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4.8 out of 5 stars
57
4.8 out of 5 stars
Format: Audio CD|Change
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on 22 March 2016
The first and best Who compilation originally released on vinyl in the early '70s. Collects their best singles from the '60s and doesn't dilute them with hits from the '70s, which to this reviewer never had the visceral impact of their first decade. I prefer the art pop R&B phase over the arena rock FM years. I also like the mastering on this old CD (1990 MCA), which isn't concerned with artifical loudness. The mix of mono and stereo tracks may dismay modern listeners, but I grew up with the material as such and am not put out.
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on 9 May 2017
bought it to add to my who collection i already have it in vinyl but it has so many good songs i couldnt resist buying it
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on 3 March 2017
Love this CD. Great find. Would highly recommend.
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on 9 July 2017
The songs brought back a lot of great memories...
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on 11 May 2017
One of the firsat albums I ever bought
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on 9 January 2016
Excellent vinyl,fast delivery
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on 2 May 2017
Usual brilliant music from The Who.
My dad had this on vinyl 30 odd years ago. Nice to hear it again.
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on 7 December 2016
Husband asked for this as an Xmas present as had had this when he was younger
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on 12 March 2017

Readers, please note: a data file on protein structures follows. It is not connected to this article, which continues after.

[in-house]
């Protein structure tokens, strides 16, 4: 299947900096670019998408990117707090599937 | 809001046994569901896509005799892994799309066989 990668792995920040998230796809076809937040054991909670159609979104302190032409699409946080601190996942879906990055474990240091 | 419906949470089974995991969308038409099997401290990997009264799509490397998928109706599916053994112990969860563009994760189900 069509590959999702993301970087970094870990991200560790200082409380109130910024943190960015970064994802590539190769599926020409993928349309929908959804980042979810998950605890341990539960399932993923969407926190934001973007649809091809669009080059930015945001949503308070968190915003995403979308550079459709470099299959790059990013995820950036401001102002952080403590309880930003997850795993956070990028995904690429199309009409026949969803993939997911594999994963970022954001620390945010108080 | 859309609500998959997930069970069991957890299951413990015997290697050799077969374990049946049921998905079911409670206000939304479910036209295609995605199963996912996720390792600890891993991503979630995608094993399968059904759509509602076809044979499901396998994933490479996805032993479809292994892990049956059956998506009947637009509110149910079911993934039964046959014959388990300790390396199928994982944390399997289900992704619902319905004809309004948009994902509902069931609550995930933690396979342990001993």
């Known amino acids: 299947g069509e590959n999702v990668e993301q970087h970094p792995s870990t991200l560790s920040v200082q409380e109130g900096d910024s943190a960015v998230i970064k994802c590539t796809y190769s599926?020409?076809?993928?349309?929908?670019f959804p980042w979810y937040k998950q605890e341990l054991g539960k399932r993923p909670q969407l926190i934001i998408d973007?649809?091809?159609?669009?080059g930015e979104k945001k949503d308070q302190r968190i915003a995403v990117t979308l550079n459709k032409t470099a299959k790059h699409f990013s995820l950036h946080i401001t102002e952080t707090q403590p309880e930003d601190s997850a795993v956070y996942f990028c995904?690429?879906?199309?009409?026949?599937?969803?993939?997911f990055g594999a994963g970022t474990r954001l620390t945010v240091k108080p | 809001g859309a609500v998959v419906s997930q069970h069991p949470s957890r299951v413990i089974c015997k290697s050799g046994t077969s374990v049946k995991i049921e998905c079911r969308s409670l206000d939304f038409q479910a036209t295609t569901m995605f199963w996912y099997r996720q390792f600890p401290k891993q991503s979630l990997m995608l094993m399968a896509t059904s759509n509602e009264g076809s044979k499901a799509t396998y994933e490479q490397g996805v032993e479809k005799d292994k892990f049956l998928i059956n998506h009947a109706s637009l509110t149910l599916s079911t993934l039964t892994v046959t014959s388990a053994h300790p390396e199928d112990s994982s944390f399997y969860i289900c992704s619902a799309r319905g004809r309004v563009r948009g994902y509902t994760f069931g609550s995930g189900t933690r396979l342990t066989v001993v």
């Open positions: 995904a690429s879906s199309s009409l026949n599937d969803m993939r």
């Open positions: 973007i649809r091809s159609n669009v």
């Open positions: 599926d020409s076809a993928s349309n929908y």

Amazing album. Nostalgic!!!
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TOP 500 REVIEWERon 1 August 2012
This 1971 singles compilation by The Who presents an outstanding snapshot of the (early) music made by this great band. Released at around the same time as their album Who's Next which, together with its successor album Quadrophenia, constituted, for me, the band's creative peak, this collection demonstrates in abundance what a great singles band Pete Townshend's boys really were. OK, much (indeed, all) of this material has reappeared on the later plethora of Who compilations, but the thing I find particularly appealing about Meaty Beaty Big And Bouncy is that it is not 'contaminated' by some of the band's later, weaker material - here we have 13 essential singles (OK, with a slight fluctuation in quality) plus John Entwhistle's quirky curiosity, Boris The Spider (taken from the A Quick One album). Of course, the other plus point about this album is the cover, which contains two photos (originally appearing on the front and back of the old vinyl album cover) - one with the band members looking out of a run-down tenement window at four boys (urchins, maybe) staring at the camera, and no doubt symbolically representing the band members in their youth, whilst the second photo has the positions of the boys/band members reversed. These photos capture the sound and spirit of the band (and the times) brilliantly.

Of course, the music should be familiar to us all. Along with the Kinks, my favourite singles band from this era. There is some variation in the standard of Townshend's songs from this period, but still not a duff track, just a series of short, punchy, hook-laden gems, featuring (incidentally) the greatest drummer and bass player in rock music (although Entwhistle's playing is frequently relegated more to the background in much of this early material). OK, Townshend was not one of the world's greatest lyricists (albeit his lyrics did become more poetic and sophisticated over time) but his tales of youth rebellion and disaffection, unrequited love, teenage fandom, madness, divorce (re. A Legal Matter has some great lines), etc, still speak for successive generations of youth. For me, standout songs here include the vibrant teen anthems My Generation, The Kids Are Alright and the much underrated Anyway, Anyhow, Anywhere (Townshend's falsetto vocal included). Similarly, the opening chords of Substitute (including Entwhistle's rolling bass line) never fail to amaze me, whilst probably my favourite of all (and, again, another rather underrated song, I feel) is the wonderful ode to idolatry, Pictures Of Lily, which showcases Moon's talent and demonstrates in Townshend's riffing Rickenbacker where Paul Weller's sound came from 10 years later.

A magnificent blast from the past.
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